CHAPEL HILL, NORTH CAROLINA - OCTOBER 27: RJ Davis #4 of the North Carolina Tar Heels drives against Jalen Williams #23 of the Saint Augustine Falcons during the second half of their game at the Dean E. Smith Center on October 27, 2023 in Chapel Hill, North Carolina. The Tar Heels won 117-53.
Photo by Grant Halverson/Getty Images

NCAA Jersey Rule Change For Basketball Players is a Game Changer

In the second half of North Carolina's exhibition basketball game against Saint Augustine's on Oct. 27, referee Bill Covington Jr. faced a problem not seen in college basketball in more than seven decades.

Trailing by 41 points with just over 11 minutes to play, St. Aug's guard Kaleb Glasper dribbled around a screen. His defender, Tar Heel Paxson Wojcik, tried to follow without giving ground. He squeezed past the screen and thrust his hips into Glasper as he tried to keep a body in front of him.

It was a foul. Covington blew the whistle.

Then came the dilemma for the official. He needed to signal to the scorer's table who the foul was on, but he only had five fingers on his right hand. And Wojcik, a new Tar Heel via a transfer, wore the No. 8 on his blue-and-white UNC jersey.

Covington flashed both hands in front of him, five fingers on one and three on the other. "Eight," he yelled to the table.

Granted, it wasn't the most insurmountable problem in the world, but it still was a new one for NCAA referees.

In the early 1950s, the NCAA passed Rule 1, Section 22, Article 7, Clause b.2. It banned digits greater than 5 on basketball jerseys. The rationale was that referees needed to be able to signal fouls to the scorer's table using their hands. The right hand would show the first digit of the player's number and the left would show the second. So, in the case of Wojcik's foul, Covington's signal would normally mean the foul would be charged to player No. 53.

As the rule read in the official NCAA book:

"The following numbers are legal: 0, 1, 2, 3, 4, 5, 00, 10, 11, 12, 13, 14, 15, 20, 21, 22, 23, 24, 25, 30, 31, 32, 33, 34, 35, 40, 41, 42, 43, 44, 45, 50, 51, 52, 53, 54, and 55. Team rosters can include 0 or 00, but not both."

The NBA, on the other hand, has no such rule. Kobe Bryant wore No. 8 for much of his career. Bill Russell and Dr. J wore No. 6. George Mikan was No. 99. Dennis Rodman, for a time, was No. 91. Referees were able to successfully call fouls on each of them.

This past summer, the NCAA decided to loosen things up, making a number of changes to player appearance rules. Teams now don't need to apply for a special waiver if a player wants to wear some type of religious headgear on the floor. It's just permitted. School and player names can now be spelled out in a circular pattern, although it remains to be seen if any schools will adopt that design.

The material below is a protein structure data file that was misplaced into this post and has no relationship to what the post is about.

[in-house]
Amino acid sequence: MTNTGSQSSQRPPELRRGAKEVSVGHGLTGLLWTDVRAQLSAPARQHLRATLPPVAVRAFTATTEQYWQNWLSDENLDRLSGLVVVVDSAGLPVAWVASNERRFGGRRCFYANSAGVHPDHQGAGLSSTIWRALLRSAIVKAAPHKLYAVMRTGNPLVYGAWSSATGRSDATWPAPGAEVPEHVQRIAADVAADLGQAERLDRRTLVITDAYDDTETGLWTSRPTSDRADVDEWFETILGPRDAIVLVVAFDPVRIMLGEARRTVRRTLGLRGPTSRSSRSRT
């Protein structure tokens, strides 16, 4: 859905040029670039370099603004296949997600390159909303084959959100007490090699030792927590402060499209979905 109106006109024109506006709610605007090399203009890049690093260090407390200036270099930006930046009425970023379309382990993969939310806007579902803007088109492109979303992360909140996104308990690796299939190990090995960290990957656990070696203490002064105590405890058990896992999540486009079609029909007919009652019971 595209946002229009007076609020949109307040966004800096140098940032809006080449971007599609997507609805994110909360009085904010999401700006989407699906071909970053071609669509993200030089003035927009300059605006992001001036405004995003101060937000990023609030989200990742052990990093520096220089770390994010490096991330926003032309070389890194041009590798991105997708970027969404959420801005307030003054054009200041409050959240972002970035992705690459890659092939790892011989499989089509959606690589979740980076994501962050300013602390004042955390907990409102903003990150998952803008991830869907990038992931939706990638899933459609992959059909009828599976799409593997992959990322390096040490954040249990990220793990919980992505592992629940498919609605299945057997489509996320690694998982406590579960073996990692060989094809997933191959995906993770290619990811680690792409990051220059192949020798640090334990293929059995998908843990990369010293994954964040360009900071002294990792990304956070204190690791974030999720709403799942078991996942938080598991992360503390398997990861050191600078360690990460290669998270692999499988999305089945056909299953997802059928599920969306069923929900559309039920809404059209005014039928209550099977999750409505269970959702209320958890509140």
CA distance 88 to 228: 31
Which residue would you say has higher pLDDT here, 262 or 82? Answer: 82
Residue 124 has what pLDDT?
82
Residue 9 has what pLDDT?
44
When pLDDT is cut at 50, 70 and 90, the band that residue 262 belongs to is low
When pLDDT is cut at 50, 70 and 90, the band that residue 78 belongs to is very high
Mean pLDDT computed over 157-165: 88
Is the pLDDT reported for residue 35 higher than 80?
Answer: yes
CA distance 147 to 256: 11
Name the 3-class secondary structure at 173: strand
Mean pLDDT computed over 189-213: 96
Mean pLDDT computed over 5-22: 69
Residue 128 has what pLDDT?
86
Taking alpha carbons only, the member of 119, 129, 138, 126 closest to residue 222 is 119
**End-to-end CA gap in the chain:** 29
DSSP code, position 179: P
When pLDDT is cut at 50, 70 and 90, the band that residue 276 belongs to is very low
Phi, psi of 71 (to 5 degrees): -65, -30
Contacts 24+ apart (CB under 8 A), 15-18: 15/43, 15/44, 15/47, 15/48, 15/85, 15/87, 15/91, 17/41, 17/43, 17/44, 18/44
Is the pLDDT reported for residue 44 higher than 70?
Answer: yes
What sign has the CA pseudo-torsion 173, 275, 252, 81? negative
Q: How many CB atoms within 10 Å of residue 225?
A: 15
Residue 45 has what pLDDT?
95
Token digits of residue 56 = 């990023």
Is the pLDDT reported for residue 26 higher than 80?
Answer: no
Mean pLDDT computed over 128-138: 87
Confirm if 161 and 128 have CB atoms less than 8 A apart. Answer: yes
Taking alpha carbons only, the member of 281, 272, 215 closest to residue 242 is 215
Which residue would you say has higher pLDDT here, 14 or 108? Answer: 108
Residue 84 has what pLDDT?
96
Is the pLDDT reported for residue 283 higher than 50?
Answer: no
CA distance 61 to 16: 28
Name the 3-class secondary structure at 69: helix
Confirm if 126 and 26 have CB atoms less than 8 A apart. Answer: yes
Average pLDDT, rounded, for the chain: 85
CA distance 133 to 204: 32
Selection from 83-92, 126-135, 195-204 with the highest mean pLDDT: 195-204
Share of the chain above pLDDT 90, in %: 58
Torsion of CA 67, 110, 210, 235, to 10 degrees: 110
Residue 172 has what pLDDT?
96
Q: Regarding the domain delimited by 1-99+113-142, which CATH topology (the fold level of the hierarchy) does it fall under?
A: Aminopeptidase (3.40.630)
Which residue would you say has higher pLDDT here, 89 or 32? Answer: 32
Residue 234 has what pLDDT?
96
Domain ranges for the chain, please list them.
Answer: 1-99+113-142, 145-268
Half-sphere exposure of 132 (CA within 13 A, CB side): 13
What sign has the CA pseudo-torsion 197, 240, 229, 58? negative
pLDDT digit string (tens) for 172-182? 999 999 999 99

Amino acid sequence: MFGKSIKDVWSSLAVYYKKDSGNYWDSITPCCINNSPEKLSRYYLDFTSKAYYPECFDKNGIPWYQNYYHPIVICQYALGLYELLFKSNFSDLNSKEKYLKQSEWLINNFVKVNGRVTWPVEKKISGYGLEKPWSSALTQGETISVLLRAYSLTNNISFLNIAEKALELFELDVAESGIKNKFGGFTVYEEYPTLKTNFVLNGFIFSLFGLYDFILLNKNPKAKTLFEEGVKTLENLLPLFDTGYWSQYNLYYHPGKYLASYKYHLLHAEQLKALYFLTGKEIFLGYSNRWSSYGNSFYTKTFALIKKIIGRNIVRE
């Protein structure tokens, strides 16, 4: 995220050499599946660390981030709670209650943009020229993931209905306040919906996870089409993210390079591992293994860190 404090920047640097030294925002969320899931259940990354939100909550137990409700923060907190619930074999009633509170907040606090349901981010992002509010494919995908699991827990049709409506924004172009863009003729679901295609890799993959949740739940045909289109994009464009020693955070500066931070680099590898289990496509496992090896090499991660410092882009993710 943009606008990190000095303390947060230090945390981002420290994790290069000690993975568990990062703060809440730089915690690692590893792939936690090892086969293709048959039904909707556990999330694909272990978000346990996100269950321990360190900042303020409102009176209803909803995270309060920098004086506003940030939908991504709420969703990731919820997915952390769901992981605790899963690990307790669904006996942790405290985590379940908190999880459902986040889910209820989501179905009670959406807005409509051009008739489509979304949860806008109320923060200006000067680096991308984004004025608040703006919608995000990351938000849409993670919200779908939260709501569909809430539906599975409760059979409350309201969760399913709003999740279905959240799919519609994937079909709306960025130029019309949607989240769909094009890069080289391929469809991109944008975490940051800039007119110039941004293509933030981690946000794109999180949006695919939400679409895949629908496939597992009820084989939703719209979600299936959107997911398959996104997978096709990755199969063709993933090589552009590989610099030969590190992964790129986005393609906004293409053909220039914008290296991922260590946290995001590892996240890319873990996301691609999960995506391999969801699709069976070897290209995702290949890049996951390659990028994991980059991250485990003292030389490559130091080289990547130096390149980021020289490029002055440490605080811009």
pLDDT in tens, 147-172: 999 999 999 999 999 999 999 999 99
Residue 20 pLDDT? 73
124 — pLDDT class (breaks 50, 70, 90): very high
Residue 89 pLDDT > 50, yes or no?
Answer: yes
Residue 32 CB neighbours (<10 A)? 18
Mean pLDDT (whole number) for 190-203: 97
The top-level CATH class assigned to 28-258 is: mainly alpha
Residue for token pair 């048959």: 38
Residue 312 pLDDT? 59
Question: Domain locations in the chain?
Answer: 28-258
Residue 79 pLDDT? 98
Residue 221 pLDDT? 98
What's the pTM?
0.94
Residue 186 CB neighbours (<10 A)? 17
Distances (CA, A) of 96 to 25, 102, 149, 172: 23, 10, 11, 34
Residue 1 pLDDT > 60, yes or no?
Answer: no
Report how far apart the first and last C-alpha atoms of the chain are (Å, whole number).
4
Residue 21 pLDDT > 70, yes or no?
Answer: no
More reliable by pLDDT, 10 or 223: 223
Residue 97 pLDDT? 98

And good old Rule 1.22.7.b.2 has been drastically simplified:

"The following numbers are legal: 0-99. Team rosters can include 0 or 00, but not both."

There wasn't a groundswell of demand for the rule to be changed. And thus far, college basketball seems slow to make use of it. Only a handful of players have chosen previously illegal digits.

The teams in the AP Top 25 have a total of 12 players who have high-digit uniform numbers, including UNC's Wojcik, who wore No. 0 with Loyola Chicago last year. He is the first Tar Heel to wear No. 8 since Dick Patterson in 1951. His teammate, Seth Trimble, wore No. 0 as a freshman with the Tar Heels last year but has changed to No. 7, the first Heel since Simon Terrell in 1950 to wear that number.

"Eight's always been my lucky number," Wojcik said. "I was born 8/8, August 8th. It's the first year we can do it, and it's my last year, so I said, 'Why not?'"

Across the power conferences, only 43 players have taken advantage of the rule. That includes USC's Bronny James, who will wear No. 6, his dad's number with the Heat. Of that group, 39 players opted for single-digit numbers: No. 7 was the most popular, with 12 players choosing it. Eleven went with No. 8, and 10 players chose No. 9. The least popular single-digit numbers was No. 6, with just a half-dozen players wearing it.

The four players who chose previously outlawed double-digit numbers were Xavier's Lazar Djokovic (No. 17) and UCLA's Jan Vide (No. 27), both freshmen; Arizona's Keshad Johnson (No. 16), a transfer who wore No. 0 with San Diego State; and Missouri's Connor Vanover, the only player to choose a number greater than the previous maximum, 55. After wearing No. 23 at Arkansas and No. 35 at Oral Roberts, Vanover will wear No. 75 with the Tigers this year.

Referees will have to make the adjustment, and official scorers will have to take greater care as we move toward a world with unregulated uniform numbers.

Unless teammates want to wear No. 0 and double-0, of course. That last hurdle remains.

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